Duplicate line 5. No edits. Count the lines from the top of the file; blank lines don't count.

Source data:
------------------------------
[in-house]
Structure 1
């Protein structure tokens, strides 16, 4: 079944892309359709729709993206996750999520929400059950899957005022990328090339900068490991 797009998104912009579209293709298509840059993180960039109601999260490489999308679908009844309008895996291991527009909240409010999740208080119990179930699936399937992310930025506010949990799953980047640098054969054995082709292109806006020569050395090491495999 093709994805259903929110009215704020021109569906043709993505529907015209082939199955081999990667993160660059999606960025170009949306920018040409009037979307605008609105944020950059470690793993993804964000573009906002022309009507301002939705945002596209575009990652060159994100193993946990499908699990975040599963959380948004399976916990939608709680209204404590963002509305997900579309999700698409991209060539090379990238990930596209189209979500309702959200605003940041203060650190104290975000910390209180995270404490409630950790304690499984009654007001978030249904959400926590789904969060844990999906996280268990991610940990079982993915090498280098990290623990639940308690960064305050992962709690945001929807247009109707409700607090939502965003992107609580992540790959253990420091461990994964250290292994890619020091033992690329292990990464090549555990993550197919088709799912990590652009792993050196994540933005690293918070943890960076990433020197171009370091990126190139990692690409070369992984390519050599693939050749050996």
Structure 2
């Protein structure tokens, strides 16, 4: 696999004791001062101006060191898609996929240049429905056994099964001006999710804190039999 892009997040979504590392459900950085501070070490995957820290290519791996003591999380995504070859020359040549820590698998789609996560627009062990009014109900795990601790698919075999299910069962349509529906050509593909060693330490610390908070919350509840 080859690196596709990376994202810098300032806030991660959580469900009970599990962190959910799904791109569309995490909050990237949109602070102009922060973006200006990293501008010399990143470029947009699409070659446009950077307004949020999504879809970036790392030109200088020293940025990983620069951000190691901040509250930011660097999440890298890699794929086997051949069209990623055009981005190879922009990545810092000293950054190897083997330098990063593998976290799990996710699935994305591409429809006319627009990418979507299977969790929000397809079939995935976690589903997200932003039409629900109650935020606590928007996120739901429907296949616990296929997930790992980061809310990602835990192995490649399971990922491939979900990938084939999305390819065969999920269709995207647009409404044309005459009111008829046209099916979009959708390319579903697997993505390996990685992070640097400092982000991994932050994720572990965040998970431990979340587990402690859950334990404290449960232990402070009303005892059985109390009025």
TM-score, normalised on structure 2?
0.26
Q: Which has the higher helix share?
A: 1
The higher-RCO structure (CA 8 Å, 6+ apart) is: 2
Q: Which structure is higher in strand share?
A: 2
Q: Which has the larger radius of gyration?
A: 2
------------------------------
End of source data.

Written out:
């Protein structure tokens, strides 16, 4: 696999004791001062101006060191898609996929240049429905056994099964001006999710804190039999 892009997040979504590392459900950085501070070490995957820290290519791996003591999380995504070859020359040549820590698998789609996560627009062990009014109900795990601790698919075999299910069962349509529906050509593909060693330490610390908070919350509840 080859690196596709990376994202810098300032806030991660959580469900009970599990962190959910799904791109569309995490909050990237949109602070102009922060973006200006990293501008010399990143470029947009699409070659446009950077307004949020999504879809970036790392030109200088020293940025990983620069951000190691901040509250930011660097999440890298890699794929086997051949069209990623055009981005190879922009990545810092000293950054190897083997330098990063593998976290799990996710699935994305591409429809006319627009990418979507299977969790929000397809079939995935976690589903997200932003039409629900109650935020606590928007996120739901429907296949616990296929997930790992980061809310990602835990192995490649399971990922491939979900990938084939999305390819065969999920269709995207647009409404044309005459009111008829046209099916979009959708390319579903697997993505390996990685992070640097400092982000991994932050994720572990965040998970431990979340587990402690859950334990404290449960232990402070009303005892059985109390009025």